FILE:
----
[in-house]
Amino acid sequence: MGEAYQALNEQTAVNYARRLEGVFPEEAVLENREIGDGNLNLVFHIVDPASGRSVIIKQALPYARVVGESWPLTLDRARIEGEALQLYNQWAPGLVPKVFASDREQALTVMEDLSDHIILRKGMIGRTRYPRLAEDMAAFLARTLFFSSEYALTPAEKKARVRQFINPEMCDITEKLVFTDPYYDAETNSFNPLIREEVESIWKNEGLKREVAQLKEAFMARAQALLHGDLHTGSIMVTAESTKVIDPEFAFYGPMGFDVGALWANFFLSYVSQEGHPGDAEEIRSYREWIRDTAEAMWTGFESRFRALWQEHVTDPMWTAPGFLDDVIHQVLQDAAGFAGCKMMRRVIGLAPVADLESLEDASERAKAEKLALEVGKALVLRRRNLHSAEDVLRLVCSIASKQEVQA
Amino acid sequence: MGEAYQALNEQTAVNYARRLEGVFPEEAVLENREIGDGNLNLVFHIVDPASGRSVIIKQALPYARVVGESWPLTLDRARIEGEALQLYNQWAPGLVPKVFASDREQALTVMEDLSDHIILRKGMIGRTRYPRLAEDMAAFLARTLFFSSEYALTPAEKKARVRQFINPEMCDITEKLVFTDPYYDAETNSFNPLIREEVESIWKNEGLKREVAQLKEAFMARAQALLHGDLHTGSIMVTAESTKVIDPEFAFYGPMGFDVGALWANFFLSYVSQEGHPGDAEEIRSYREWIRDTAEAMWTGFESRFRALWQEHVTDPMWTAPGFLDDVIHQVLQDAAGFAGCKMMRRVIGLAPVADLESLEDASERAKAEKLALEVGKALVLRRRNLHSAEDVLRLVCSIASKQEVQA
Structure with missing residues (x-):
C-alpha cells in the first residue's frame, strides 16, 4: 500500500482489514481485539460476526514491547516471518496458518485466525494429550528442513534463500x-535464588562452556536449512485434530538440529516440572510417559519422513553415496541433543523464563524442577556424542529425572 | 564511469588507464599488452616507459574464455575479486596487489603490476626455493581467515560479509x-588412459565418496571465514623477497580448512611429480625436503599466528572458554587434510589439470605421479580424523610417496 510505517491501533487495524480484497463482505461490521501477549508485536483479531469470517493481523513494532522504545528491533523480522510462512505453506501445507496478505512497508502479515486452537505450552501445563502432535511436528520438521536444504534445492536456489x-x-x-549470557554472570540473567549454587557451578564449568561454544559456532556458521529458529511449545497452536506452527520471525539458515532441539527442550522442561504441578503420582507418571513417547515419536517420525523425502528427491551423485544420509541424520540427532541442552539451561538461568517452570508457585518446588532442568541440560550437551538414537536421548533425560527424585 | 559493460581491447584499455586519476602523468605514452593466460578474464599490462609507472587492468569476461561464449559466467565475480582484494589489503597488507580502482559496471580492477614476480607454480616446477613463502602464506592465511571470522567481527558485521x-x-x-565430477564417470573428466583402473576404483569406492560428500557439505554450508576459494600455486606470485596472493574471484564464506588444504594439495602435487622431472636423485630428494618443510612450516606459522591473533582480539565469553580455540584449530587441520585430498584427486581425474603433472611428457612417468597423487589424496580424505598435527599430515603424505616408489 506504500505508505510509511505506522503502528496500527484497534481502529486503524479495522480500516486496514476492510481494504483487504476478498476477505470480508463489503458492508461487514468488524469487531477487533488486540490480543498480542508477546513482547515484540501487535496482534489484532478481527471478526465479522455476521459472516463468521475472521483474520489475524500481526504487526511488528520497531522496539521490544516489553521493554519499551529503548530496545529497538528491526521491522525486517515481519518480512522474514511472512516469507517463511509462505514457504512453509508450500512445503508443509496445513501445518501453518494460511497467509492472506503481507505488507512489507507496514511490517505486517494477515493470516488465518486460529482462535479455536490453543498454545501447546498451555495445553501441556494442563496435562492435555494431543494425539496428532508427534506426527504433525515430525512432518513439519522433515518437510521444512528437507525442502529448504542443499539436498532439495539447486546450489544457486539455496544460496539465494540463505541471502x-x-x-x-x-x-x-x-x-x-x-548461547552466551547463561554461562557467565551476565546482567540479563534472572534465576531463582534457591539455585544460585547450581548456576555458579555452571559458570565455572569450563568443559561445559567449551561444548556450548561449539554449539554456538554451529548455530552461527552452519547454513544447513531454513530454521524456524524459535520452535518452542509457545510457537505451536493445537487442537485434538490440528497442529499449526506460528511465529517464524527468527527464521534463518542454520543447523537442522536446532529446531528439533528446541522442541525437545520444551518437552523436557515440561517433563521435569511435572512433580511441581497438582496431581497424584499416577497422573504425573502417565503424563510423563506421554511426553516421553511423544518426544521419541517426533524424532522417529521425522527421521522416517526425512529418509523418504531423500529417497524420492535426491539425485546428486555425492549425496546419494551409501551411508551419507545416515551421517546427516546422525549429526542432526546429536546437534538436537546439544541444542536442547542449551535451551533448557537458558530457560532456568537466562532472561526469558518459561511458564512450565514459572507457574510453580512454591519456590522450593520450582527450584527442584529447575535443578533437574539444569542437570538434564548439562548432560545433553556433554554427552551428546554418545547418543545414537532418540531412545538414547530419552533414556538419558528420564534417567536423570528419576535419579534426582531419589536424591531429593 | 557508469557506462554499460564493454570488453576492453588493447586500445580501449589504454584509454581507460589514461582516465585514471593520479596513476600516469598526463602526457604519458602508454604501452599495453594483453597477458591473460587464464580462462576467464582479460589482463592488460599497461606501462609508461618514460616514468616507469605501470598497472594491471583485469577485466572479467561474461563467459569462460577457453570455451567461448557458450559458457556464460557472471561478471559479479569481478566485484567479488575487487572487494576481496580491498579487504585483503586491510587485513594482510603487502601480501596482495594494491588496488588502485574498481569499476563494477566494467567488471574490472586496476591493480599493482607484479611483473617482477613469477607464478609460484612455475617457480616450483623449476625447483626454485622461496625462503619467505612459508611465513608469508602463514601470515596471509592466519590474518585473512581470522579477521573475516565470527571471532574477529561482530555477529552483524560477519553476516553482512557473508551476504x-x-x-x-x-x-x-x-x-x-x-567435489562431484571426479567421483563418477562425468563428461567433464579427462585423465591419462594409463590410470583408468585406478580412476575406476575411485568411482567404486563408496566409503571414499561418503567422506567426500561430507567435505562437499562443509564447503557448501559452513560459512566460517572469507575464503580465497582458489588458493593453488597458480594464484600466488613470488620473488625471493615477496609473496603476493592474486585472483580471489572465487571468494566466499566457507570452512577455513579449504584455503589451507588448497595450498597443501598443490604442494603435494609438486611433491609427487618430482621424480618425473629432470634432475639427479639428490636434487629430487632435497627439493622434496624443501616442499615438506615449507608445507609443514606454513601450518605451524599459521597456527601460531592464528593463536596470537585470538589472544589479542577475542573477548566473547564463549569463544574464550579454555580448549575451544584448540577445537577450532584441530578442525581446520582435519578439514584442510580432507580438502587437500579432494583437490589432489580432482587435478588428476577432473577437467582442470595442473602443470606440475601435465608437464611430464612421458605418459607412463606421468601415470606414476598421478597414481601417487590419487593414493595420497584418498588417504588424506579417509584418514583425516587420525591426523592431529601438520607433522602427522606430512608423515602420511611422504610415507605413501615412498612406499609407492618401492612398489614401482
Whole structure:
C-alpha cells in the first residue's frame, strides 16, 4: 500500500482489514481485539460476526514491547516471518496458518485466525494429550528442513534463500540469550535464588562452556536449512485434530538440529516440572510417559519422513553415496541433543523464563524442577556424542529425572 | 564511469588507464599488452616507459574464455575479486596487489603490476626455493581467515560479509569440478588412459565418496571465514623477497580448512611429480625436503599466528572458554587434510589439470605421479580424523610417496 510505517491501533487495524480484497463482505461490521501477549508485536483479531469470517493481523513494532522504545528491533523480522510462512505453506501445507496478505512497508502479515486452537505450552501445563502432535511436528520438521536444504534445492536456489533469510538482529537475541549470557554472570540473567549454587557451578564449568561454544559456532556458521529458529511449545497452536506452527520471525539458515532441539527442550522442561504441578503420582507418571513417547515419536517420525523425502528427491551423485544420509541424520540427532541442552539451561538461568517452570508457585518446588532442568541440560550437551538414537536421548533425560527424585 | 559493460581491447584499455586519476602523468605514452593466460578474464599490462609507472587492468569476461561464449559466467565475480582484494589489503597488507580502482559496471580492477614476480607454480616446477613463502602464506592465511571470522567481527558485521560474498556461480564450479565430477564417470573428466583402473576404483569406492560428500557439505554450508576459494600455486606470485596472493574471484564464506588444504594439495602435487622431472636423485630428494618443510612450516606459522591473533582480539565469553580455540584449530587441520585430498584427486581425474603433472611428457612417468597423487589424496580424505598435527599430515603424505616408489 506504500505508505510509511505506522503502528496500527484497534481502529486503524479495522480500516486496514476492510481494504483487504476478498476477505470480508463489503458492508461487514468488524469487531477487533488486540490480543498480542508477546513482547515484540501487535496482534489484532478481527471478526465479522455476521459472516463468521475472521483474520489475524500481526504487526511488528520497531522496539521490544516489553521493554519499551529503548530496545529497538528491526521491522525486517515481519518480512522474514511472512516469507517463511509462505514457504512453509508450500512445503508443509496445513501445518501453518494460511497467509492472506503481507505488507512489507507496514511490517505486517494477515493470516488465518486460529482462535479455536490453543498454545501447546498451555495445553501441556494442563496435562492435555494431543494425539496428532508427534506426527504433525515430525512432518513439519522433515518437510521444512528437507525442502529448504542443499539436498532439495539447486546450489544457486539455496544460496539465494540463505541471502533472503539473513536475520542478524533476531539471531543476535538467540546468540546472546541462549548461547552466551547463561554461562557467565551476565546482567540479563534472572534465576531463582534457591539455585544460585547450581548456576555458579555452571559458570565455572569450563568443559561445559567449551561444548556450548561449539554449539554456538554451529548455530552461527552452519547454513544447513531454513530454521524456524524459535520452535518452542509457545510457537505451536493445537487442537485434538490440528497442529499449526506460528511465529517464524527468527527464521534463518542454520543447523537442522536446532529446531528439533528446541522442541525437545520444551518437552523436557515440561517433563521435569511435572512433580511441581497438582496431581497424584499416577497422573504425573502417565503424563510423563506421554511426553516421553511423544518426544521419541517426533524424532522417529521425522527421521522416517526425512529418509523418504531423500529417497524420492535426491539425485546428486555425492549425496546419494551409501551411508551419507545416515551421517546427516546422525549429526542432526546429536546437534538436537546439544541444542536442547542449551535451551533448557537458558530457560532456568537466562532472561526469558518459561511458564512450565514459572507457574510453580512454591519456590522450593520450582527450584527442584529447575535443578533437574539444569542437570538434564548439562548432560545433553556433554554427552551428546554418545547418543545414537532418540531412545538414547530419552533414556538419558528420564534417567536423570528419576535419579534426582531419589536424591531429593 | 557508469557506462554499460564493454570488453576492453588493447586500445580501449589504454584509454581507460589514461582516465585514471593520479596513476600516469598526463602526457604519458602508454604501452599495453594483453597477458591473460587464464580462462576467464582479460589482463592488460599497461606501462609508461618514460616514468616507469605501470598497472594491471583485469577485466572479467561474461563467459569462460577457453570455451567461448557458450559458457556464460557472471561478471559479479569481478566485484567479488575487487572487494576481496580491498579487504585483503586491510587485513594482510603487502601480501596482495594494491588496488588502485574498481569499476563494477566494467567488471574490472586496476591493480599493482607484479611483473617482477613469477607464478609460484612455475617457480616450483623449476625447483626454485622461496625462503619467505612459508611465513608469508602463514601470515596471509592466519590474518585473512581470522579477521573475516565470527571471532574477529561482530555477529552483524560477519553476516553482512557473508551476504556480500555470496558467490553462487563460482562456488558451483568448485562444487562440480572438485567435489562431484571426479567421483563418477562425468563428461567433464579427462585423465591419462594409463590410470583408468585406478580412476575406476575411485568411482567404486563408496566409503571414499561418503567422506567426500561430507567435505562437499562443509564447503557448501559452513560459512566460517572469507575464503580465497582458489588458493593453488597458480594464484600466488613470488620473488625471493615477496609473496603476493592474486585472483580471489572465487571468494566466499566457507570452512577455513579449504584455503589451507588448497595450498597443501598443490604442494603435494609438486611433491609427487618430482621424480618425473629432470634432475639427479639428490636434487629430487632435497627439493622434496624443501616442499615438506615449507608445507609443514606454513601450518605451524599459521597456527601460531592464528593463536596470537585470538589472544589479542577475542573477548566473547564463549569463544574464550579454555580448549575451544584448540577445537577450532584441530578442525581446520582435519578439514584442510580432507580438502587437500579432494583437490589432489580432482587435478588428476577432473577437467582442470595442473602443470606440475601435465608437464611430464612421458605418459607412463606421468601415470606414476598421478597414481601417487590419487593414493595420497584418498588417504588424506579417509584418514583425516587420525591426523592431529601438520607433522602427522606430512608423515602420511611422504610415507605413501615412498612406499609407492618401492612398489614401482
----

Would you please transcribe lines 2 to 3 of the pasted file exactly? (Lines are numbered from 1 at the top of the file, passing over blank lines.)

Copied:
Amino acid sequence: MGEAYQALNEQTAVNYARRLEGVFPEEAVLENREIGDGNLNLVFHIVDPASGRSVIIKQALPYARVVGESWPLTLDRARIEGEALQLYNQWAPGLVPKVFASDREQALTVMEDLSDHIILRKGMIGRTRYPRLAEDMAAFLARTLFFSSEYALTPAEKKARVRQFINPEMCDITEKLVFTDPYYDAETNSFNPLIREEVESIWKNEGLKREVAQLKEAFMARAQALLHGDLHTGSIMVTAESTKVIDPEFAFYGPMGFDVGALWANFFLSYVSQEGHPGDAEEIRSYREWIRDTAEAMWTGFESRFRALWQEHVTDPMWTAPGFLDDVIHQVLQDAAGFAGCKMMRRVIGLAPVADLESLEDASERAKAEKLALEVGKALVLRRRNLHSAEDVLRLVCSIASKQEVQA
Amino acid sequence: MGEAYQALNEQTAVNYARRLEGVFPEEAVLENREIGDGNLNLVFHIVDPASGRSVIIKQALPYARVVGESWPLTLDRARIEGEALQLYNQWAPGLVPKVFASDREQALTVMEDLSDHIILRKGMIGRTRYPRLAEDMAAFLARTLFFSSEYALTPAEKKARVRQFINPEMCDITEKLVFTDPYYDAETNSFNPLIREEVESIWKNEGLKREVAQLKEAFMARAQALLHGDLHTGSIMVTAESTKVIDPEFAFYGPMGFDVGALWANFFLSYVSQEGHPGDAEEIRSYREWIRDTAEAMWTGFESRFRALWQEHVTDPMWTAPGFLDDVIHQVLQDAAGFAGCKMMRRVIGLAPVADLESLEDASERAKAEKLALEVGKALVLRRRNLHSAEDVLRLVCSIASKQEVQA